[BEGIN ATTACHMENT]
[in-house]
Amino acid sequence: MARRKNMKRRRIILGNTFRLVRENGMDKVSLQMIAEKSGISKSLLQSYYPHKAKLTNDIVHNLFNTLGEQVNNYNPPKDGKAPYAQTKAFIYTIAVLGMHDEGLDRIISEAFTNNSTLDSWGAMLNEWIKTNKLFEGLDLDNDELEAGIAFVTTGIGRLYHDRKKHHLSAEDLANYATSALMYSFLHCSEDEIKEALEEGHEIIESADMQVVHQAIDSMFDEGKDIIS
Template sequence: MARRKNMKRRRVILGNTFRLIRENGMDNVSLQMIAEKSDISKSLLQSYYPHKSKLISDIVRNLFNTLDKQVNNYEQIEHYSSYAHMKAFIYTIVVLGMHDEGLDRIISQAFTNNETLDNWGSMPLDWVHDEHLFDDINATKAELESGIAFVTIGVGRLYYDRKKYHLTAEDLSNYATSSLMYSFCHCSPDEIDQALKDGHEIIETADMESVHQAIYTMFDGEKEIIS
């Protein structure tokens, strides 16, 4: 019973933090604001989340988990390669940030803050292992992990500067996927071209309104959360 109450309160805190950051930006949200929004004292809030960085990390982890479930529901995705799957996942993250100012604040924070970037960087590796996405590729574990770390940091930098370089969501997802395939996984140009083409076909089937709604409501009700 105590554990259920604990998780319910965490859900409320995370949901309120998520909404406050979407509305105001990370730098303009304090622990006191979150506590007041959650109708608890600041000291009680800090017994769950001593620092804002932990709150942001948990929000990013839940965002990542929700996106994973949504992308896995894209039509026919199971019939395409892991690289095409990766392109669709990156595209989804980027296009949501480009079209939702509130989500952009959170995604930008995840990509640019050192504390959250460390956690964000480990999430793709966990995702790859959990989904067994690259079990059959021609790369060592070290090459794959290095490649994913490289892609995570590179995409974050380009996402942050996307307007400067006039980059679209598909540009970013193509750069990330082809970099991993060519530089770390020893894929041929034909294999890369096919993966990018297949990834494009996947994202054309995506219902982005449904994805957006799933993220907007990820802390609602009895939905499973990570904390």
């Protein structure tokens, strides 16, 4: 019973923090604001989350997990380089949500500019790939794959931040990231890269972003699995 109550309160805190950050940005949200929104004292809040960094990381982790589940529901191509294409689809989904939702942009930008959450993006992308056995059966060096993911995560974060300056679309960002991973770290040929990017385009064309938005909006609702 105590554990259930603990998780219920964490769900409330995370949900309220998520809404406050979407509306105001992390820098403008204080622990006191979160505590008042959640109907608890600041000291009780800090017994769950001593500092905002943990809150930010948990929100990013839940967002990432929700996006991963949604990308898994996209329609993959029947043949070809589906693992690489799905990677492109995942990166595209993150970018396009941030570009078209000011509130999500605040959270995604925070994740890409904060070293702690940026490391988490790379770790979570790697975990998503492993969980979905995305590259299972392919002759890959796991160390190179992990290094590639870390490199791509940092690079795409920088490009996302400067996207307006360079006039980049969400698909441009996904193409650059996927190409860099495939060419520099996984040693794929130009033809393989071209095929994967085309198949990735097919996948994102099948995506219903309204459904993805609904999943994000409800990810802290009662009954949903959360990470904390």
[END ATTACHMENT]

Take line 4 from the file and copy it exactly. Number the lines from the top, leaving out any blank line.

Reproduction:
């Protein structure tokens, strides 16, 4: 019973933090604001989340988990390669940030803050292992992990500067996927071209309104959360 109450309160805190950051930006949200929004004292809030960085990390982890479930529901995705799957996942993250100012604040924070970037960087590796996405590729574990770390940091930098370089969501997802395939996984140009083409076909089937709604409501009700 105590554990259920604990998780319910965490859900409320995370949901309120998520909404406050979407509305105001990370730098303009304090622990006191979150506590007041959650109708608890600041000291009680800090017994769950001593620092804002932990709150942001948990929000990013839940965002990542929700996106994973949504992308896995894209039509026919199971019939395409892991690289095409990766392109669709990156595209989804980027296009949501480009079209939702509130989500952009959170995604930008995840990509640019050192504390959250460390956690964000480990999430793709966990995702790859959990989904067994690259079990059959021609790369060592070290090459794959290095490649994913490289892609995570590179995409974050380009996402942050996307307007400067006039980059679209598909540009970013193509750069990330082809970099991993060519530089770390020893894929041929034909294999890369096919993966990018297949990834494009996947994202054309995506219902982005449904994805957006799933993220907007990820802390609602009895939905499973990570904390």